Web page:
Generate ready to use analytic rules

We will use a script I recently created to generate a set of analytic rules, ready to be used in Microsoft Sentinel.


When I started exploring Microsoft Sentinel I started to find out that managing and enabling detection rules can be quite the job. Especially when you had to do this for multiple environments.

We could either install one of the now used solutions in the content hub to get rule templates. But this will still require you to enable the rules and take certain steps in order to get them working. Importing rules one by one was also a very time consuming task. Along the way I tried many things that suited my situation to get a good start in enabling detections and being able to update them.

Fellow tech enthusiasts and friend Fabian Bader has created a great Powershell module called SentinelARConverter which has the possibility to convert Analytic rules in YAML form to JSON. This is especially useful to convert them in a way that they can be used to import the Analytic Rules with the use of Powershell.

Because I wanted to run multiple conversions and to be able to get the most recent version of detection rules I created a script. The script uses this tool and is able to grab the YAML files from the Microsoft Github repository which contain Analytic rules by Solution name.


This PowerShell script automates the process of downloading YAML files from the Azure Sentinel GitHub repository which contain analytic rules, converting them to JSON format, and saving them locally in their original folder structure.

This way the Analytic rules are all sorted per solution which makes it easier to pick these rules based on their solution name. The Analytic rules are ready to be used and can straight up be used to import them in Microsoft Sentinel. Adding the rules to for example Azure Devops or Github makes it possible to deploy all the analytic rules at once.

You can find the script in my Github page

How does it work?

This PowerShell script, Convert-YamlToJson.ps1, is a tool for Microsoft Sentinel Security engineers who manage Microsoft Sentinel’s Analytic rules. Here’s what you can do with a simple command line:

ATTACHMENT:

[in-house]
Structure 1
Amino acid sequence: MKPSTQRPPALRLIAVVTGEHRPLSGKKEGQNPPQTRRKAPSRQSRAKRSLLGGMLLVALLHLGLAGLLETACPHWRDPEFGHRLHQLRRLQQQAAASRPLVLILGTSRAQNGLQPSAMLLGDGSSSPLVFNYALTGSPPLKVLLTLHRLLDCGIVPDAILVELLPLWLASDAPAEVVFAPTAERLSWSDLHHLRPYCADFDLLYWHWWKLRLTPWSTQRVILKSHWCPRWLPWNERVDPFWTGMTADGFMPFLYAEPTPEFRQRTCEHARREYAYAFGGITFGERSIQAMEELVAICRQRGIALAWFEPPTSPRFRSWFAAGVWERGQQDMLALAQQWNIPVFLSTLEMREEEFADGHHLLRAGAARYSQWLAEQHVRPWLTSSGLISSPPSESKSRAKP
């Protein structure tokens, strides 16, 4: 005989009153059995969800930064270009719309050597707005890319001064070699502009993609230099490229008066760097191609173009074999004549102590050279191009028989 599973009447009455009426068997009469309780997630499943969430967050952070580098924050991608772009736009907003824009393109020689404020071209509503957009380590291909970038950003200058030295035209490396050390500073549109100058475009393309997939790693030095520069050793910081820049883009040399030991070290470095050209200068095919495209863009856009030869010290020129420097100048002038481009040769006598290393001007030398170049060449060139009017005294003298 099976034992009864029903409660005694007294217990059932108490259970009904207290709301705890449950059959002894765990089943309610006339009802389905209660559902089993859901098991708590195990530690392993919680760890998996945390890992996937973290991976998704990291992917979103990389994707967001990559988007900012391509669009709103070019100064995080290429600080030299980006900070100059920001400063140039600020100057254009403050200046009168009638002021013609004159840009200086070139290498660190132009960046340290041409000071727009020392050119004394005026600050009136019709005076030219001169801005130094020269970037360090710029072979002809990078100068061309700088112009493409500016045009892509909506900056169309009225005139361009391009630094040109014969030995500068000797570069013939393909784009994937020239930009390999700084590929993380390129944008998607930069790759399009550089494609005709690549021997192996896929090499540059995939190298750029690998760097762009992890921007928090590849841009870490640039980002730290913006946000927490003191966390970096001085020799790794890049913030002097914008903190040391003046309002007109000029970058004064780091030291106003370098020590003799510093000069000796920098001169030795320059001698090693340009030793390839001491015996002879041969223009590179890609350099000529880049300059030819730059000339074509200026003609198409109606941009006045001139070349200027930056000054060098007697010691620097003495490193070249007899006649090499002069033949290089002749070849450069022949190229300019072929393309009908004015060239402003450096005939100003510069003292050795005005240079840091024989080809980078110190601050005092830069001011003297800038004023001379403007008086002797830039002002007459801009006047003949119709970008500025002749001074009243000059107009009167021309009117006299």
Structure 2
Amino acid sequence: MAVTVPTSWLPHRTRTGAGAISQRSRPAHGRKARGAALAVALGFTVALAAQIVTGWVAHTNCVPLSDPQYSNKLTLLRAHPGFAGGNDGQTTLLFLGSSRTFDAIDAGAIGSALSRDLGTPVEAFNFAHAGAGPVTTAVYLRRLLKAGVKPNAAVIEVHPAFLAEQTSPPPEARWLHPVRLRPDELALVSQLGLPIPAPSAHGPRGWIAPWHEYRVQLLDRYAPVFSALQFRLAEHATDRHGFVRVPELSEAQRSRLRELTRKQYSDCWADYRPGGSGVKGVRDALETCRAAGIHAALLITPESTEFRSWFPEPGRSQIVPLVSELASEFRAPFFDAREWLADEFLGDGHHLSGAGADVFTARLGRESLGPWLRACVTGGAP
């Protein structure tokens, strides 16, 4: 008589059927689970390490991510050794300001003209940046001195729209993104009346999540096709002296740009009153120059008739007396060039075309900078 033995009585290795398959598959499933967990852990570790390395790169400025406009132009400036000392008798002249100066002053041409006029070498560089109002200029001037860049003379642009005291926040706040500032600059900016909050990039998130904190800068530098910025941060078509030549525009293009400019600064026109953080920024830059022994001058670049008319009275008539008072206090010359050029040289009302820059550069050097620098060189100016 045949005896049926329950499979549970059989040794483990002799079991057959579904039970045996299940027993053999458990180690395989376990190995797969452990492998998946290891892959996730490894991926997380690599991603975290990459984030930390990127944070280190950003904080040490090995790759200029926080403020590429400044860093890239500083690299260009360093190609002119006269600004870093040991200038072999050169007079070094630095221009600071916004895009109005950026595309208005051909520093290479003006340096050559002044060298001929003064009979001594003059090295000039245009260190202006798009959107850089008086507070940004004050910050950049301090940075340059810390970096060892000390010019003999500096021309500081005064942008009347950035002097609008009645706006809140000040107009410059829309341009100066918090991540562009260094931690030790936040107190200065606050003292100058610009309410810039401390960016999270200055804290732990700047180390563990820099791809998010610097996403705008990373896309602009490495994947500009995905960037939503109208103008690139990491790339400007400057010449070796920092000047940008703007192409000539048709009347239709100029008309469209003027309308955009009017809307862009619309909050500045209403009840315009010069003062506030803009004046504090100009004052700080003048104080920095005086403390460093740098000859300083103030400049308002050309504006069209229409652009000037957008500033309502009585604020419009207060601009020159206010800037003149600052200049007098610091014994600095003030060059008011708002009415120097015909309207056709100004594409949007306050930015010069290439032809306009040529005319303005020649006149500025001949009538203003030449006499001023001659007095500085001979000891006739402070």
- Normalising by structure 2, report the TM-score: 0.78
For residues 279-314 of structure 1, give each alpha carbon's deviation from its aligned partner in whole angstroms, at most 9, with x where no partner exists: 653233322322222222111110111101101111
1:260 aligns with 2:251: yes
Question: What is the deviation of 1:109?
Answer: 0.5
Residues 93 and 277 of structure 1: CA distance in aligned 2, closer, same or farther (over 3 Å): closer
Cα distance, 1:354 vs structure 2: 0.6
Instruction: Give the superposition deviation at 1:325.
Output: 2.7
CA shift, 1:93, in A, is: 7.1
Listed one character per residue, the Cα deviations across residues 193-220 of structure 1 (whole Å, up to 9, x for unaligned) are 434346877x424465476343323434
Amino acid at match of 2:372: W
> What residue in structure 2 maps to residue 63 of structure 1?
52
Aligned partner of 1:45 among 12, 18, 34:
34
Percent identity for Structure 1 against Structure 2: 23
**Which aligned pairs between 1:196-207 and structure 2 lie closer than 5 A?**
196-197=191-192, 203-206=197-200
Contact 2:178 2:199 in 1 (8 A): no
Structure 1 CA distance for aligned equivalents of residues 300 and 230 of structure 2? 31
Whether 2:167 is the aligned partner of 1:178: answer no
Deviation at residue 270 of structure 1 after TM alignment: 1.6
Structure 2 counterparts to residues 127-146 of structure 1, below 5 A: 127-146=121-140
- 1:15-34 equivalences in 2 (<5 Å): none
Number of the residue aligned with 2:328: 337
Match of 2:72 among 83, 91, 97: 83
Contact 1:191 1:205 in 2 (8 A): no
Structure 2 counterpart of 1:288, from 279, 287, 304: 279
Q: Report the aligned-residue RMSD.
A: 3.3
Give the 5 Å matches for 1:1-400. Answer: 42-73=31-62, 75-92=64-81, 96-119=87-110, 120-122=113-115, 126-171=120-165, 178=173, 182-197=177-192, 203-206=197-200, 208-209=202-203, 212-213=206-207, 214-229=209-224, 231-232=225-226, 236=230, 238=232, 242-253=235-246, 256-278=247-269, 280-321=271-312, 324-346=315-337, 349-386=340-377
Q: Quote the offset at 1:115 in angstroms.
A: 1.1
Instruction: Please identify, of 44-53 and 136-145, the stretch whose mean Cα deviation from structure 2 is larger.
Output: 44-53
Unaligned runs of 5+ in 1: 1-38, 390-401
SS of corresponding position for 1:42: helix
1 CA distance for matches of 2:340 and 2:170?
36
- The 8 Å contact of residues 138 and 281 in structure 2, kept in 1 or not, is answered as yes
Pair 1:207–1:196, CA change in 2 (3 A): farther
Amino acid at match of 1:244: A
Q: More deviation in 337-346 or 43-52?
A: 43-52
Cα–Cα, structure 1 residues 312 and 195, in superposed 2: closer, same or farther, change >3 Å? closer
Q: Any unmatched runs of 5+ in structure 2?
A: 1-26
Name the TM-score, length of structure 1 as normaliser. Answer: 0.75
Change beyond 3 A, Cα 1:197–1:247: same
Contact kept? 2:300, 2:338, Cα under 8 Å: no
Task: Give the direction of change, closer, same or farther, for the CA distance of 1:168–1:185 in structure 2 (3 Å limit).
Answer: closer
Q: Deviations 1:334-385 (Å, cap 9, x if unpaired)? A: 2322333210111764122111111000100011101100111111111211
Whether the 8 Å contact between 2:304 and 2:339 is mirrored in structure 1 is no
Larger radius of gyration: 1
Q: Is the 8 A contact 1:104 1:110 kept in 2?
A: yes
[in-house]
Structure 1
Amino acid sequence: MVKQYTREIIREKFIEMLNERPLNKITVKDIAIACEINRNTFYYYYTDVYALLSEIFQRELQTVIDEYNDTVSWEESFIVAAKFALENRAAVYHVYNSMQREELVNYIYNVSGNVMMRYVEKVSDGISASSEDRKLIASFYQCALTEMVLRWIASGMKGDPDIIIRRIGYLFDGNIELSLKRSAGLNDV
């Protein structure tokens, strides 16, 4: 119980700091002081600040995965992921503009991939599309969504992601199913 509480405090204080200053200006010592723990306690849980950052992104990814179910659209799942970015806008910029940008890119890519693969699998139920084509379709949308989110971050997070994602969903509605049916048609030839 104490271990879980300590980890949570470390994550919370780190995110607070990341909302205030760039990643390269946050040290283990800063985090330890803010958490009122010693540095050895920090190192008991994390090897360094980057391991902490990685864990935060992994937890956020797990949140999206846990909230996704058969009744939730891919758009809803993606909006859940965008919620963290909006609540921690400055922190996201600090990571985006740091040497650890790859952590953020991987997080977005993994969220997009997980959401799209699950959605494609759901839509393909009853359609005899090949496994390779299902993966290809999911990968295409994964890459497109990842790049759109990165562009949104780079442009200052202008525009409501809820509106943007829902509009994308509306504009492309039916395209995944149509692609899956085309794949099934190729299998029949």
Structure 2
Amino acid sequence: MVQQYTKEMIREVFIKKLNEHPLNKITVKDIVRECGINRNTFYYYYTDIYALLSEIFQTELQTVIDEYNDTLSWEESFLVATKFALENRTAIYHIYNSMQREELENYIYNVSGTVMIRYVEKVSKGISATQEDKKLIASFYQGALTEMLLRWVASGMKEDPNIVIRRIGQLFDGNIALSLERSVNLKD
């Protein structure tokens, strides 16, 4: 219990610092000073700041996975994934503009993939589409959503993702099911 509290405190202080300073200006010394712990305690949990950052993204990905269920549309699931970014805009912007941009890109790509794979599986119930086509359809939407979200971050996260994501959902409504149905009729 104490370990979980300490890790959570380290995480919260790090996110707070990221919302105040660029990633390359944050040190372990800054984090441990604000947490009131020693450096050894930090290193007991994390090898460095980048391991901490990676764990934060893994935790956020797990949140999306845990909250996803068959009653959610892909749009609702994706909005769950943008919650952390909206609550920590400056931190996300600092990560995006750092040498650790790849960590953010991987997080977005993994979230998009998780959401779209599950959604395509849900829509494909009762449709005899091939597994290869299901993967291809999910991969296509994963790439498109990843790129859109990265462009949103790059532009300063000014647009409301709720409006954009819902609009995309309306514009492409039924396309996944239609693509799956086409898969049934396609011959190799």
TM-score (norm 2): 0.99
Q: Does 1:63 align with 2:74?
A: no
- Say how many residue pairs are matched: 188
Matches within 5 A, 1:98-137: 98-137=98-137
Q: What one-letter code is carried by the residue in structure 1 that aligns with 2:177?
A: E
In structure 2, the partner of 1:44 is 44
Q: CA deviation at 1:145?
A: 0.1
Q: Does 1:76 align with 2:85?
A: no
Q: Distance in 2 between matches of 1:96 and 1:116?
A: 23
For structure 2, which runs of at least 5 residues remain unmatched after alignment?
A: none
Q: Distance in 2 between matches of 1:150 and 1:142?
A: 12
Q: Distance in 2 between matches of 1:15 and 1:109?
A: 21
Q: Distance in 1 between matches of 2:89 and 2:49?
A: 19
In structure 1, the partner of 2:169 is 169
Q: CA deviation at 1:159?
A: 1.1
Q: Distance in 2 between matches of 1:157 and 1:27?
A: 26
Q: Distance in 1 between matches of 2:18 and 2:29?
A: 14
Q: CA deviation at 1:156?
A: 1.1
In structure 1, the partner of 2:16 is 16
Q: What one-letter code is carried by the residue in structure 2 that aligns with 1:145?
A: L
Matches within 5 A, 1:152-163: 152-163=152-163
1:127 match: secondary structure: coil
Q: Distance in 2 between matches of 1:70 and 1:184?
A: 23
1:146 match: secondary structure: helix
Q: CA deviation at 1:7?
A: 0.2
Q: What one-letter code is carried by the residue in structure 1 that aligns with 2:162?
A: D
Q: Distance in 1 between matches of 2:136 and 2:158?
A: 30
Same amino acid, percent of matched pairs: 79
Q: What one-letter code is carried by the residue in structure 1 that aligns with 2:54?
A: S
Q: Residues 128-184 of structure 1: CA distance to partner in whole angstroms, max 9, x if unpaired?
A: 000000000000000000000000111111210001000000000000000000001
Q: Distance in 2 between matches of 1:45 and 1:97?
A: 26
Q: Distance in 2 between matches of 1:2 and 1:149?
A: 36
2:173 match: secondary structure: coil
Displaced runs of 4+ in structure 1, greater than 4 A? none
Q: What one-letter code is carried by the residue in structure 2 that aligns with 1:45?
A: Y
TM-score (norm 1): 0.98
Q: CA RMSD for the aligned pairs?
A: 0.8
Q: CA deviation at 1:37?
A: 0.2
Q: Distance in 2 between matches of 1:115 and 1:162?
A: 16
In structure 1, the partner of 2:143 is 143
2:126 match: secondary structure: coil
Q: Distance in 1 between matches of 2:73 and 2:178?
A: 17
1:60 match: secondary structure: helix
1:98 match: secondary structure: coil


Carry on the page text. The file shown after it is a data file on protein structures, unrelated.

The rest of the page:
• Standard run: .\Convert-YamlToJson.ps1
  • Show folders that do not contain any Analytic Rules: .\Convert-YamlToJson.ps1 -NoARfolders
  • Define other locations: .\Convert-YamlToJson.ps1 -RepoUrl "" -SourceRoot "C:\temp\Azure-sentinel\Solutions" -DestinationRoot "C:\Convertedrules"


The script automates several crucial tasks:

  • Clones or updates the specified Azure Sentinel GitHub repository.
  • Converts YAML files related to analytic rules into JSON format.
  • Saves the JSON files to a specified local directory, maintaining the original folder structure.
  • Optionally, displays folders that do not contain any analytic rules.


  • RepoUrl: The URL of the GitHub repository. Default is
  • SourceRoot: The local path where the repository content will be stored. Default is the Solutions folder under Azure-sentinel in the temp directory.
  • DestinationRoot: The local path where the converted JSON files will be saved. It defaults to the current working directory with a subfolder named Converted_rules_<current_date>.
  • NoARfolders: A switch to show all folders that do not contain any Analytic Rules.

Example Usage



  • Git: Ensure Git is installed and available in the system path. Download from and follow installation instructions.
  • PowerShell Execution Policy: Set to allow running scripts, e.g., Set-ExecutionPolicy.
  • SentinelARConverter Module: Required for converting formats; the script will ask to install it if not found.

Supported Terminals

The script is compatible with:

  • Windows PowerShell: The default environment in Windows.
  • Windows Terminal: Supports multiple tabs and profiles.
  • Visual Studio Code: Run scripts using the integrated terminal.
  • PowerShell ISE: A graphical host for PowerShell included with Windows.

Script Details

  • Git Check and Installation: Verifies and installs Git if necessary.
  • SentinelARConverter Module Check: Ensures the converter module is installed, installing from the PowerShell Gallery if absent.
  • Cloning or Updating Repository: Manages repository updates or initial cloning.
  • Converting YAML to JSON: Iterates through folders, converts files, and saves them appropriately.
  • Logging and Progress: Includes a progress bar and logs for tracking.
  • Summarizing Results: Provides a terminal summary of conversion successes and failures.

Demo video

Keep track of changes

Analytic rules tend to change and update once in a while. While the script grabs the latest Analytic rules from the Github page does not always mean that they are the best to use. Make sure to try them out in for example a test environment, or if you feel KQL Capable read the query’s and split view the changes.

Whats next?

I am sure there are many improvements to be made to the script and that there is a potential to new functions. I am open to any suggestions made and will try to do my best to it where ever I can.


  • Add a log file for failed conversions
  • Scope to user

Other idea’s:

  • Filtered Version
  • Pipeline Version
This post is licensed under CC BY 4.0 by the author.